A Town Crier Community Column
The City of Toronto boasts a rich cultural fabric and history, a unique past preserved through the city’s heritage museums. From High Park’s Colborne Lodge to Gibson House in North York, these historic gems are an example of Toronto’s pride and dedication to preserving our cultural history for future generations.
As the city’s designated spokesperson for our museums, I support preserving Toronto’s heritage and am actively involved in finding alternate cost delivery methods and efficiencies to address the budgetary challenges we are facing. I also believe there are further opportunities to market and cross-promote our heritage institutions to engage both residents and visitors with Toronto’s cultural identity.
Recently, the media has reported the city is looking to close several of Toronto’s heritage museums as a part of the strategy to address our budget gap. During the September special council meeting, in response to a recommendation that may have resulted in closures, I took the lead on this issue and put forward a motion to examine the economic viability of not-for-profit organizations operating city-owned museums.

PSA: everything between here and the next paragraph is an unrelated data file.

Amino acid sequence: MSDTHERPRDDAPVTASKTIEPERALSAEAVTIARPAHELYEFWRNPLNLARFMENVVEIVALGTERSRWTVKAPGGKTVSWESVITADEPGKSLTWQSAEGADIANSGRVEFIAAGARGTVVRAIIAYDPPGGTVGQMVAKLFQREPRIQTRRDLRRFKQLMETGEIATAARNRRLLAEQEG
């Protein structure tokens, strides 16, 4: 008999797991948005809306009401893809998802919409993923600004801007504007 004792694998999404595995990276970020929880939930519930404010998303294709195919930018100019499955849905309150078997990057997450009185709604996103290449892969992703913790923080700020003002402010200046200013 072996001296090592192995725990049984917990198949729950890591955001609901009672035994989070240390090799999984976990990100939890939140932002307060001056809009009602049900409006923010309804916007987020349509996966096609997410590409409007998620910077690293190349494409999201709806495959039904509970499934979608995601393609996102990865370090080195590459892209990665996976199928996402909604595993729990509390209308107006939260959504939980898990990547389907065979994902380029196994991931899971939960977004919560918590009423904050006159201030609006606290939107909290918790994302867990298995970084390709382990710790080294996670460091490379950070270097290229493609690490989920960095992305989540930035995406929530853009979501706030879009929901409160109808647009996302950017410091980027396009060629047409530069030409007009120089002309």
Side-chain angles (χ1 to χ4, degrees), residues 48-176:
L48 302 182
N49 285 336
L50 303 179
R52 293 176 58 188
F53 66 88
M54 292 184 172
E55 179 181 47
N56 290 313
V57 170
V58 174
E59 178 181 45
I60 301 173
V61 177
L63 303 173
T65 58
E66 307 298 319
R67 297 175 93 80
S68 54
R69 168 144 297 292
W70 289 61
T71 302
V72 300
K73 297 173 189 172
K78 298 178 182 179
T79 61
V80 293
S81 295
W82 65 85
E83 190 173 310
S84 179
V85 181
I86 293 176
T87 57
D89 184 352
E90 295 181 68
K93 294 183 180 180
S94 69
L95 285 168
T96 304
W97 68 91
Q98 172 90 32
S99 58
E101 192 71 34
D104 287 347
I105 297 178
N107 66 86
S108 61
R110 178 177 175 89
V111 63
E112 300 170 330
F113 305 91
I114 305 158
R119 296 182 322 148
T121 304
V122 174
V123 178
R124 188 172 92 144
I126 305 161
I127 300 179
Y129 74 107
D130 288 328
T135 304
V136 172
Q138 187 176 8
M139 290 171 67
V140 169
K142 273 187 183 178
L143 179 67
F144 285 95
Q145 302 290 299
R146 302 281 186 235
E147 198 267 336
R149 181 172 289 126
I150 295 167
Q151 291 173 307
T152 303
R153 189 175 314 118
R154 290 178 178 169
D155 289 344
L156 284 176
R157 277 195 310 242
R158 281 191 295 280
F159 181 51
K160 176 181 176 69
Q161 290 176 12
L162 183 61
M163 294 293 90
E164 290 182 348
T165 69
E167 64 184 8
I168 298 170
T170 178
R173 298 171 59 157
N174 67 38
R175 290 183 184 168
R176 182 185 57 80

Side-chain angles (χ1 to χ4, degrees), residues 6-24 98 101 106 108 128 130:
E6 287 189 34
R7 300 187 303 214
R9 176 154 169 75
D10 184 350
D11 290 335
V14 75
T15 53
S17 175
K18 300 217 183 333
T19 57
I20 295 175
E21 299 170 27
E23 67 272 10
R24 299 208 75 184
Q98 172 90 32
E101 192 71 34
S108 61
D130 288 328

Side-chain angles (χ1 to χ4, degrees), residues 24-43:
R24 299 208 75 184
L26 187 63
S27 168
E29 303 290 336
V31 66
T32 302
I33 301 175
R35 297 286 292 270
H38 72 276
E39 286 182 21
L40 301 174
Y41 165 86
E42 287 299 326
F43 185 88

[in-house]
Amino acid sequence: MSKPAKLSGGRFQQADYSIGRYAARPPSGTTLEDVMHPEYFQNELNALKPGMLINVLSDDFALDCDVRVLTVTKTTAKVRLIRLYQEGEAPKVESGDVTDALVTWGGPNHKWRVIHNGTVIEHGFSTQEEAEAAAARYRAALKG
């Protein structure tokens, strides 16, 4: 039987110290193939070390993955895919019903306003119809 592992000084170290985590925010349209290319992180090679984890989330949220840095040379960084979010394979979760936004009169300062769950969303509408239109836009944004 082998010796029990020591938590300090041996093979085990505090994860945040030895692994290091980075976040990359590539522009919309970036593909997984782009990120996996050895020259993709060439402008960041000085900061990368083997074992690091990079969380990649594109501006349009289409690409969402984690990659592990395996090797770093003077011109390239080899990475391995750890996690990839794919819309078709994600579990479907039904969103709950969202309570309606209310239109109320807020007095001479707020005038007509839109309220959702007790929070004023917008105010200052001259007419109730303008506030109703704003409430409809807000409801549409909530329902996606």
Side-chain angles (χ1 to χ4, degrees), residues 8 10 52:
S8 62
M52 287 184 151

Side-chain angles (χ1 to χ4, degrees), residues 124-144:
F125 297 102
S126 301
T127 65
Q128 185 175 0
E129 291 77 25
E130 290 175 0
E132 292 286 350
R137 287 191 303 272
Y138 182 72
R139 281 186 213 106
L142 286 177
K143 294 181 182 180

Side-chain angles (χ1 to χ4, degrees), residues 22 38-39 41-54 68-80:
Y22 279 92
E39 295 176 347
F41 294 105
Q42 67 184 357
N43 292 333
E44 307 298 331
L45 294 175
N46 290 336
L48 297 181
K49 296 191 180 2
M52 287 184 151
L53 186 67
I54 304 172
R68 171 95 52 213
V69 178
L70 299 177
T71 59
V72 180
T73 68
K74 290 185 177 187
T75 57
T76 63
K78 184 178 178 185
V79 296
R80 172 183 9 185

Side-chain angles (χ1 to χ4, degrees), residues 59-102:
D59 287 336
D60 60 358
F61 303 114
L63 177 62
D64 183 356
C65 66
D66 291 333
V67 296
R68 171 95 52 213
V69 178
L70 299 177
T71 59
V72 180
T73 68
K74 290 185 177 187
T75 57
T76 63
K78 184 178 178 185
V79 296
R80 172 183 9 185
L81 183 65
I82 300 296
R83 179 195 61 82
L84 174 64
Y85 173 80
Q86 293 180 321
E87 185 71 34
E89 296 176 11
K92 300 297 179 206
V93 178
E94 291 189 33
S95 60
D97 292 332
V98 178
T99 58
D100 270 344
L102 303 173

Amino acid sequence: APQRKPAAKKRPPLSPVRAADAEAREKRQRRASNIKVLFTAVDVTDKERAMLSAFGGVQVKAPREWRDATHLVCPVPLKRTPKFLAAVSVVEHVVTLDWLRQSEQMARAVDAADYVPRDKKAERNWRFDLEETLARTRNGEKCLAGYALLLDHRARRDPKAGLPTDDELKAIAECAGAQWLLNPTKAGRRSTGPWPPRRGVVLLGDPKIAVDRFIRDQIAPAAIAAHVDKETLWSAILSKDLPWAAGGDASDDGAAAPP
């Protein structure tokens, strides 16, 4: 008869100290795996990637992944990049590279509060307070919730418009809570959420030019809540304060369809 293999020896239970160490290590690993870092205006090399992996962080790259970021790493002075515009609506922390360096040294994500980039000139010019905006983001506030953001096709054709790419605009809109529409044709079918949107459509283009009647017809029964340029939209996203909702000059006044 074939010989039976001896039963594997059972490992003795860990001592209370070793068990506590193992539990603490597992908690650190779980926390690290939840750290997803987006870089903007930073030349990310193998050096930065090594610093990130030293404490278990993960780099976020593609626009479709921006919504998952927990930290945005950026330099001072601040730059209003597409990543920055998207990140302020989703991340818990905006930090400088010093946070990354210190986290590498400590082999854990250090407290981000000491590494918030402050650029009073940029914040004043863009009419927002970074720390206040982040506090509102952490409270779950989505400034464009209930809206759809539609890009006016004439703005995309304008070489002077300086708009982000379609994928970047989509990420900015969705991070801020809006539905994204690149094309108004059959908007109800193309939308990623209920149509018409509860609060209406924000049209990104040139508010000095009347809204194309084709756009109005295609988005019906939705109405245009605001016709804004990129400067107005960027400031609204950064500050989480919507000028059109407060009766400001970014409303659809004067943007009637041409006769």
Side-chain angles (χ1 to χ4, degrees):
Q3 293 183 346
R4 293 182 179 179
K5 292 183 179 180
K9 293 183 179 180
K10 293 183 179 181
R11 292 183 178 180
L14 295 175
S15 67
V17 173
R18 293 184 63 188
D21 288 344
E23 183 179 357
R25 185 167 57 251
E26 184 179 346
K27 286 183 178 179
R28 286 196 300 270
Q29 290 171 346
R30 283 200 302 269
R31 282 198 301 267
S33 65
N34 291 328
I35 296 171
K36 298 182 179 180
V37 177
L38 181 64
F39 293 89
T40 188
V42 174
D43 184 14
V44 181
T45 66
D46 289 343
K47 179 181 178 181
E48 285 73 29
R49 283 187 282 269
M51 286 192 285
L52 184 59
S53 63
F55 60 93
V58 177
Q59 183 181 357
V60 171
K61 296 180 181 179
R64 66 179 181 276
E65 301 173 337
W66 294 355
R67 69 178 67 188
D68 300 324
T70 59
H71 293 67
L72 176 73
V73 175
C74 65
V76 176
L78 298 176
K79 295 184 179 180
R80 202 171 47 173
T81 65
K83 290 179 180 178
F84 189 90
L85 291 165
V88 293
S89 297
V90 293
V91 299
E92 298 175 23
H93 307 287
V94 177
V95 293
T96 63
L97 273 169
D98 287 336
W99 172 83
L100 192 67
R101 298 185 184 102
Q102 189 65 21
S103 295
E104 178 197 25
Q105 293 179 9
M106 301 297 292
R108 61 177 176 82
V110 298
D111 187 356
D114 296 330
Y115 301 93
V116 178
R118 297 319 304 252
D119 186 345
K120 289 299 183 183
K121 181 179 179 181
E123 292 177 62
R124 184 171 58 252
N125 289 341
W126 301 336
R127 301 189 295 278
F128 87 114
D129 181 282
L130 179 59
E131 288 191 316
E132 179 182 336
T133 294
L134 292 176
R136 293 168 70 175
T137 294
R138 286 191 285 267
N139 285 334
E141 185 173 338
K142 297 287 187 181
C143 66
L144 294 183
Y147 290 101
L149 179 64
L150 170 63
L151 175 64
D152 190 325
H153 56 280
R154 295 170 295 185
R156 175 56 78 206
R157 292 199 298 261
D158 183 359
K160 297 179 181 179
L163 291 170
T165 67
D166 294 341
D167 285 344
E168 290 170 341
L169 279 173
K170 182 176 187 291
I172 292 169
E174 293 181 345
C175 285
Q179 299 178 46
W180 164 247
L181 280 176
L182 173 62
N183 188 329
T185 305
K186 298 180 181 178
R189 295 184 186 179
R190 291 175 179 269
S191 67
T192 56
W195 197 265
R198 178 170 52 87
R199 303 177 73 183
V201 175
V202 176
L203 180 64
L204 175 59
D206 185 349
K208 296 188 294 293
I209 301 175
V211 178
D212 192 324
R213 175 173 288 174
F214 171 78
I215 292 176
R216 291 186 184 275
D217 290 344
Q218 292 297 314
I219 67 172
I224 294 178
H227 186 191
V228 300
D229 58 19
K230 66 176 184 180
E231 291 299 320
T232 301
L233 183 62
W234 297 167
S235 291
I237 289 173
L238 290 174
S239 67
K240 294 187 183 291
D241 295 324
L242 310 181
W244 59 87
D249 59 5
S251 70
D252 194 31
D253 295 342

The recommendation I put forward passed with the support of 40 out of 44 councillors and would allow access to federal and provincial capital grants open to non-profit organizations. The Canada Cultural Spaces Fund, and the Canada Cultural Investment Fund are two such grants that Toronto’s heritage museums would have access to if operated by not-for-profits.
Cities across North America and Europe have successfully used this method of museum management — utilizing their local cultural associations and societies to maintain and support the funding of their heritage museums.
As the city works through our fiscal challenges, I believe there is an exciting opportunity for revitalization and creative thinking as we look for new ways to profile our museums, engage Toronto’s diverse communities and showcase our unique heritage as a vital part of our city’s cultural identity.
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